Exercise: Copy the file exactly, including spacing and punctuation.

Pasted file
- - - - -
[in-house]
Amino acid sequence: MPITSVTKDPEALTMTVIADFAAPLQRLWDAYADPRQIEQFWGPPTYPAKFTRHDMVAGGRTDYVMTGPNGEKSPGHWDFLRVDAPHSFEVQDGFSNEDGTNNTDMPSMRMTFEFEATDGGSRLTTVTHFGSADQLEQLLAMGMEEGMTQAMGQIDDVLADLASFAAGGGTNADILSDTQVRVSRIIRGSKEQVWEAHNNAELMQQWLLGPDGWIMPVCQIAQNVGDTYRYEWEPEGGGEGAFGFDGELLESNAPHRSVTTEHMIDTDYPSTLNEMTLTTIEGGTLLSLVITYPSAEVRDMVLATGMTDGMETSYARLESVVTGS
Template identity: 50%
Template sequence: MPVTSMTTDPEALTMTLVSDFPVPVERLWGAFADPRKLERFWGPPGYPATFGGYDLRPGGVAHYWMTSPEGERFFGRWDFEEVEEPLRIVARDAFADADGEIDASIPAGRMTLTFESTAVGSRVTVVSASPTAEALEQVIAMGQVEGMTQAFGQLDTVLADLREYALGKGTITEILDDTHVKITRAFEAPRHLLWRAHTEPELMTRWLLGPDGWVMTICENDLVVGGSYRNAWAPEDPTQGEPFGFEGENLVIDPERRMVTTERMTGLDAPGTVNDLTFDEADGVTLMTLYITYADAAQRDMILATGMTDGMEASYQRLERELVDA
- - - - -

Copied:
[in-house]
Amino acid sequence: MPITSVTKDPEALTMTVIADFAAPLQRLWDAYADPRQIEQFWGPPTYPAKFTRHDMVAGGRTDYVMTGPNGEKSPGHWDFLRVDAPHSFEVQDGFSNEDGTNNTDMPSMRMTFEFEATDGGSRLTTVTHFGSADQLEQLLAMGMEEGMTQAMGQIDDVLADLASFAAGGGTNADILSDTQVRVSRIIRGSKEQVWEAHNNAELMQQWLLGPDGWIMPVCQIAQNVGDTYRYEWEPEGGGEGAFGFDGELLESNAPHRSVTTEHMIDTDYPSTLNEMTLTTIEGGTLLSLVITYPSAEVRDMVLATGMTDGMETSYARLESVVTGS
Template identity: 50%
Template sequence: MPVTSMTTDPEALTMTLVSDFPVPVERLWGAFADPRKLERFWGPPGYPATFGGYDLRPGGVAHYWMTSPEGERFFGRWDFEEVEEPLRIVARDAFADADGEIDASIPAGRMTLTFESTAVGSRVTVVSASPTAEALEQVIAMGQVEGMTQAFGQLDTVLADLREYALGKGTITEILDDTHVKITRAFEAPRHLLWRAHTEPELMTRWLLGPDGWVMTICENDLVVGGSYRNAWAPEDPTQGEPFGFEGENLVIDPERRMVTTERMTGLDAPGTVNDLTFDEADGVTLMTLYITYADAAQRDMILATGMTDGMEASYQRLERELVDA